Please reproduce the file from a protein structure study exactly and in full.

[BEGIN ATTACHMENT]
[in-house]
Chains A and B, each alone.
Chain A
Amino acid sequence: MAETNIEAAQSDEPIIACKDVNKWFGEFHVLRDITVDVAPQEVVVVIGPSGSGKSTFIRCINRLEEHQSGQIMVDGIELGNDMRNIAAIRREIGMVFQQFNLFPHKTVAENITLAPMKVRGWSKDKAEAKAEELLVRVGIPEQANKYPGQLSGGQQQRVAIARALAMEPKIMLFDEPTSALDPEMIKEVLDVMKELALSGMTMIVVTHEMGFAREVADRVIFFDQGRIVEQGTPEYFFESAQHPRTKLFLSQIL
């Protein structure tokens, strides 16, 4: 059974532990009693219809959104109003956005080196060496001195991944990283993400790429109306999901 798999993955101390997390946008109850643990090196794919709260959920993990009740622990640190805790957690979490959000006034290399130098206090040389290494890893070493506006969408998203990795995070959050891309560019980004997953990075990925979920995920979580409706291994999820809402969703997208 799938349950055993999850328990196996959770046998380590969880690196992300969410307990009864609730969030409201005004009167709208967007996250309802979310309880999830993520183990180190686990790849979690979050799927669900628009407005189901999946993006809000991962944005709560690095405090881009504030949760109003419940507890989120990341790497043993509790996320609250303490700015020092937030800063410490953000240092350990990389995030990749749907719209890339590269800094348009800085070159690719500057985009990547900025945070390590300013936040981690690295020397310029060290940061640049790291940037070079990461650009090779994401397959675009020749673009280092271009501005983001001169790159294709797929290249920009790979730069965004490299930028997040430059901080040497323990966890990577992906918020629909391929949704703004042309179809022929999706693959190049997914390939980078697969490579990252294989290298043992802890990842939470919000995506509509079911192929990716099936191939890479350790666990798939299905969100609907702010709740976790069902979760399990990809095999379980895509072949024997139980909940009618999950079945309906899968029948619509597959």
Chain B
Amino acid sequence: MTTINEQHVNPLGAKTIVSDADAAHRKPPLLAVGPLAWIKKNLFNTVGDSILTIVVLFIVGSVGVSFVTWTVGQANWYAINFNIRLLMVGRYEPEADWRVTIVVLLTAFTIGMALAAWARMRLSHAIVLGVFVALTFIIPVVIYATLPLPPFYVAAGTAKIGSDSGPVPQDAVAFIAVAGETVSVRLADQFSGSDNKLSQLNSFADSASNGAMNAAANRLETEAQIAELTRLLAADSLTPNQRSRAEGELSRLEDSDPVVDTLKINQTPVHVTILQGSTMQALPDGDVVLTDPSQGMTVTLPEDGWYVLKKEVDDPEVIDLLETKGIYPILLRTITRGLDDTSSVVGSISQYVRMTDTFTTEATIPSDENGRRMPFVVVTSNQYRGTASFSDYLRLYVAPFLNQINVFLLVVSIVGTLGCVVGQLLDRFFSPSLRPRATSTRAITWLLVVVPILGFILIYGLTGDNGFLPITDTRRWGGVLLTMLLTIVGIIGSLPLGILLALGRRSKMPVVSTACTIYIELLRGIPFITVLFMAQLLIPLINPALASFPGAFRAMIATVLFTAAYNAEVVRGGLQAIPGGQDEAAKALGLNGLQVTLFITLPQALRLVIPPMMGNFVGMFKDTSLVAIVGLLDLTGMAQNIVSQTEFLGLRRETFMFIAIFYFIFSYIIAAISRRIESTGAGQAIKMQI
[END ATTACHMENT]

[in-house]
Chains A and B, each alone.
Chain A
Amino acid sequence: MAETNIEAAQSDEPIIACKDVNKWFGEFHVLRDITVDVAPQEVVVVIGPSGSGKSTFIRCINRLEEHQSGQIMVDGIELGNDMRNIAAIRREIGMVFQQFNLFPHKTVAENITLAPMKVRGWSKDKAEAKAEELLVRVGIPEQANKYPGQLSGGQQQRVAIARALAMEPKIMLFDEPTSALDPEMIKEVLDVMKELALSGMTMIVVTHEMGFAREVADRVIFFDQGRIVEQGTPEYFFESAQHPRTKLFLSQIL
């Protein structure tokens, strides 16, 4: 059974532990009693219809959104109003956005080196060496001195991944990283993400790429109306999901 798999993955101390997390946008109850643990090196794919709260959920993990009740622990640190805790957690979490959000006034290399130098206090040389290494890893070493506006969408998203990795995070959050891309560019980004997953990075990925979920995920979580409706291994999820809402969703997208 799938349950055993999850328990196996959770046998380590969880690196992300969410307990009864609730969030409201005004009167709208967007996250309802979310309880999830993520183990180190686990790849979690979050799927669900628009407005189901999946993006809000991962944005709560690095405090881009504030949760109003419940507890989120990341790497043993509790996320609250303490700015020092937030800063410490953000240092350990990389995030990749749907719209890339590269800094348009800085070159690719500057985009990547900025945070390590300013936040981690690295020397310029060290940061640049790291940037070079990461650009090779994401397959675009020749673009280092271009501005983001001169790159294709797929290249920009790979730069965004490299930028997040430059901080040497323990966890990577992906918020629909391929949704703004042309179809022929999706693959190049997914390939980078697969490579990252294989290298043992802890990842939470919000995506509509079911192929990716099936191939890479350790666990798939299905969100609907702010709740976790069902979760399990990809095999379980895509072949024997139980909940009618999950079945309906899968029948619509597959």
Chain B
Amino acid sequence: MTTINEQHVNPLGAKTIVSDADAAHRKPPLLAVGPLAWIKKNLFNTVGDSILTIVVLFIVGSVGVSFVTWTVGQANWYAINFNIRLLMVGRYEPEADWRVTIVVLLTAFTIGMALAAWARMRLSHAIVLGVFVALTFIIPVVIYATLPLPPFYVAAGTAKIGSDSGPVPQDAVAFIAVAGETVSVRLADQFSGSDNKLSQLNSFADSASNGAMNAAANRLETEAQIAELTRLLAADSLTPNQRSRAEGELSRLEDSDPVVDTLKINQTPVHVTILQGSTMQALPDGDVVLTDPSQGMTVTLPEDGWYVLKKEVDDPEVIDLLETKGIYPILLRTITRGLDDTSSVVGSISQYVRMTDTFTTEATIPSDENGRRMPFVVVTSNQYRGTASFSDYLRLYVAPFLNQINVFLLVVSIVGTLGCVVGQLLDRFFSPSLRPRATSTRAITWLLVVVPILGFILIYGLTGDNGFLPITDTRRWGGVLLTMLLTIVGIIGSLPLGILLALGRRSKMPVVSTACTIYIELLRGIPFITVLFMAQLLIPLINPALASFPGAFRAMIATVLFTAAYNAEVVRGGLQAIPGGQDEAAKALGLNGLQVTLFITLPQALRLVIPPMMGNFVGMFKDTSLVAIVGLLDLTGMAQNIVSQTEFLGLRRETFMFIAIFYFIFSYIIAAISRRIESTGAGQAIKMQI